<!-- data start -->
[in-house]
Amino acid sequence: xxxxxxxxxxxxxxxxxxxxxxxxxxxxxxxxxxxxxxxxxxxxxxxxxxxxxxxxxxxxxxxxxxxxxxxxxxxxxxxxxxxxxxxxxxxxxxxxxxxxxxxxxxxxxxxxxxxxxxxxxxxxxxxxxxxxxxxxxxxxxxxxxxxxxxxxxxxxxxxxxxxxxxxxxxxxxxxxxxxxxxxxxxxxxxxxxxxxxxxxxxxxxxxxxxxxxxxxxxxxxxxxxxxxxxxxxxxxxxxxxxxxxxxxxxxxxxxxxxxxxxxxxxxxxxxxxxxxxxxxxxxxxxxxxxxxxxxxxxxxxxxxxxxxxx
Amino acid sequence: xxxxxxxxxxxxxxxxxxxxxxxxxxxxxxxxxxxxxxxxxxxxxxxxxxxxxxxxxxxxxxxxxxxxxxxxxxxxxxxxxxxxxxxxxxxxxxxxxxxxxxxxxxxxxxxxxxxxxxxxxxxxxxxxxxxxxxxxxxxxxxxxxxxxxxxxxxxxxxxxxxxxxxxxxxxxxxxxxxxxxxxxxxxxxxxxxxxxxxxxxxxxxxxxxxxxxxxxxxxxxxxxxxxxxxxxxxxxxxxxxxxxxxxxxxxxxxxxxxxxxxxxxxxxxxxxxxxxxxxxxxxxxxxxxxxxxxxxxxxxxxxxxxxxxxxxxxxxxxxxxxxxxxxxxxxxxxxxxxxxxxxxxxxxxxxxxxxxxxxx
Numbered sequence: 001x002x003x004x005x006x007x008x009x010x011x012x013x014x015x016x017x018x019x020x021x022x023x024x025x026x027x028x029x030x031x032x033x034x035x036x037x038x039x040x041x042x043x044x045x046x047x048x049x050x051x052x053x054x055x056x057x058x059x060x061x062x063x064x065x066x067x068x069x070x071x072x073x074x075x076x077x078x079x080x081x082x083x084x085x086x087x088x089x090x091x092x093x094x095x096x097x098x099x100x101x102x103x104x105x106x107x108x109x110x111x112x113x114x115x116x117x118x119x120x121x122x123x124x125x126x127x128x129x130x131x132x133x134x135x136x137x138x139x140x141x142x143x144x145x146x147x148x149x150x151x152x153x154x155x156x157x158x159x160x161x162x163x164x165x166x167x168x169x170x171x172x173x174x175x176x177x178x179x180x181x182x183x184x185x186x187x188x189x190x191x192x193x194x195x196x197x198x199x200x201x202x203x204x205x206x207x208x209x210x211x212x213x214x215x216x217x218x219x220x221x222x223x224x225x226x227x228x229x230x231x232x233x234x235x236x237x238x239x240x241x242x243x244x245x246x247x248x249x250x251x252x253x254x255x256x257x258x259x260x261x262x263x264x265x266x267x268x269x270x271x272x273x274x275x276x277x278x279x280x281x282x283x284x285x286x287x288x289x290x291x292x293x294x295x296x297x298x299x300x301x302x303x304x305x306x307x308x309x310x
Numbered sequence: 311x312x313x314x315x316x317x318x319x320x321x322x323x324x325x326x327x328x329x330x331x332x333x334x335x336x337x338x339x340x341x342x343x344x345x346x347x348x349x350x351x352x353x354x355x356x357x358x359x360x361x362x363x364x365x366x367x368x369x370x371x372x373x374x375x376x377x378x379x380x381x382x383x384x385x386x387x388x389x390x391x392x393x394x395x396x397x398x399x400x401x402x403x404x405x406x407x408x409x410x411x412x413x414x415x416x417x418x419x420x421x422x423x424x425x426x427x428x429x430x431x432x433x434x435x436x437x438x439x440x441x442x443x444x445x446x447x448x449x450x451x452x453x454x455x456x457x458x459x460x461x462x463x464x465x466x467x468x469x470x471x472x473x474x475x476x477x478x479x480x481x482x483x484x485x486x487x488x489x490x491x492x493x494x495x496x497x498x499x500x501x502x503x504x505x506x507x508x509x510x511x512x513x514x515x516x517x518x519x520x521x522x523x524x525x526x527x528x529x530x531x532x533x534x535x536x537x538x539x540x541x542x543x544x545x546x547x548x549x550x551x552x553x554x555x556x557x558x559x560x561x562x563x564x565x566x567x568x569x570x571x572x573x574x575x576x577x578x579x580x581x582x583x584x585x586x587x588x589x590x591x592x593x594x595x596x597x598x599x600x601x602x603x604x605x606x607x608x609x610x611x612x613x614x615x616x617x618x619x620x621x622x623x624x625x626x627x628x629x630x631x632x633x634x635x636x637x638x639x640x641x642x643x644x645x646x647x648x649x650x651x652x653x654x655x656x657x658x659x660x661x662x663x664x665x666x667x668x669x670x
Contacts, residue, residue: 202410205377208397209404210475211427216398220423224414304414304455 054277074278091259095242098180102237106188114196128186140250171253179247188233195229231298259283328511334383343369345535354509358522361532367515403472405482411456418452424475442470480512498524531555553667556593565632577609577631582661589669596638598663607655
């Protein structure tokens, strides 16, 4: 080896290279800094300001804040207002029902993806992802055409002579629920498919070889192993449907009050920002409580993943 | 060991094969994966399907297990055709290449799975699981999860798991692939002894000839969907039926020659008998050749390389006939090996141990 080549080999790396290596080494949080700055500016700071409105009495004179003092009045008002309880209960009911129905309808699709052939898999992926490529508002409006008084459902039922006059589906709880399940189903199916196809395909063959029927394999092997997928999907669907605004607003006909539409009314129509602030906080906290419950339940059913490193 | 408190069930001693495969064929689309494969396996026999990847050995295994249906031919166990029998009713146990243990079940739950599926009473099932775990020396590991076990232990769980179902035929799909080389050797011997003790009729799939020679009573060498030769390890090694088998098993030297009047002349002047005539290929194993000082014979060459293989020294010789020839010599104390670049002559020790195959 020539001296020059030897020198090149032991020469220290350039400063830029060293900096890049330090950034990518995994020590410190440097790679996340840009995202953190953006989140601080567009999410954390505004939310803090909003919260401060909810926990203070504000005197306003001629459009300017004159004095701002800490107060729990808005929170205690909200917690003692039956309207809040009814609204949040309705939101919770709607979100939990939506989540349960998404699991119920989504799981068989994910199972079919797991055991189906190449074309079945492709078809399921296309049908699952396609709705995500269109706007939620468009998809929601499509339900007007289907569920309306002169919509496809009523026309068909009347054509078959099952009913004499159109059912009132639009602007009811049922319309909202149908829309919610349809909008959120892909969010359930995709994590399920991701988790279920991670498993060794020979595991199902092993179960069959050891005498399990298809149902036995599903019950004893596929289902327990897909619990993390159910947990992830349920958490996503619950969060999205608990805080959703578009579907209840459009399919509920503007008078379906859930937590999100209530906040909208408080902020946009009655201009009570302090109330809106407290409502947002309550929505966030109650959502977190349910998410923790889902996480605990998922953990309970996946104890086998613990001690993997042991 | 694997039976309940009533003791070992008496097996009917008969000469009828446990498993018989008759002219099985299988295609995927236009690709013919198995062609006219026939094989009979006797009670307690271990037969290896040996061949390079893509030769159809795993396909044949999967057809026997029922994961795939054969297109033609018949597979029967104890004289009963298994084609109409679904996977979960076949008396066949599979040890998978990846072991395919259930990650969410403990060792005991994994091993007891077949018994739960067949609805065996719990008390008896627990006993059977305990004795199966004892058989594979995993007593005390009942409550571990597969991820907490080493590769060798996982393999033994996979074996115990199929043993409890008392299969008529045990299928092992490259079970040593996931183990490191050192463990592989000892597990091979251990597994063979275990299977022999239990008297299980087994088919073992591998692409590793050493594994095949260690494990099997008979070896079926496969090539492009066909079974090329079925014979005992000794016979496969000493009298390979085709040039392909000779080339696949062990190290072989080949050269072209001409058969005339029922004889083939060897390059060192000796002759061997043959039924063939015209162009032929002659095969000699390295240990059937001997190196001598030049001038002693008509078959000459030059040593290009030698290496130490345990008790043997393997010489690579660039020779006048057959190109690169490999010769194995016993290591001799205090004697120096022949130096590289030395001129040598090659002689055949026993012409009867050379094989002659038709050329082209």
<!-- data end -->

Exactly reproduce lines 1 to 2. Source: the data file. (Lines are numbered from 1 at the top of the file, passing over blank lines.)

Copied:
[in-house]
Amino acid sequence: xxxxxxxxxxxxxxxxxxxxxxxxxxxxxxxxxxxxxxxxxxxxxxxxxxxxxxxxxxxxxxxxxxxxxxxxxxxxxxxxxxxxxxxxxxxxxxxxxxxxxxxxxxxxxxxxxxxxxxxxxxxxxxxxxxxxxxxxxxxxxxxxxxxxxxxxxxxxxxxxxxxxxxxxxxxxxxxxxxxxxxxxxxxxxxxxxxxxxxxxxxxxxxxxxxxxxxxxxxxxxxxxxxxxxxxxxxxxxxxxxxxxxxxxxxxxxxxxxxxxxxxxxxxxxxxxxxxxxxxxxxxxxxxxxxxxxxxxxxxxxxxxxxxxxx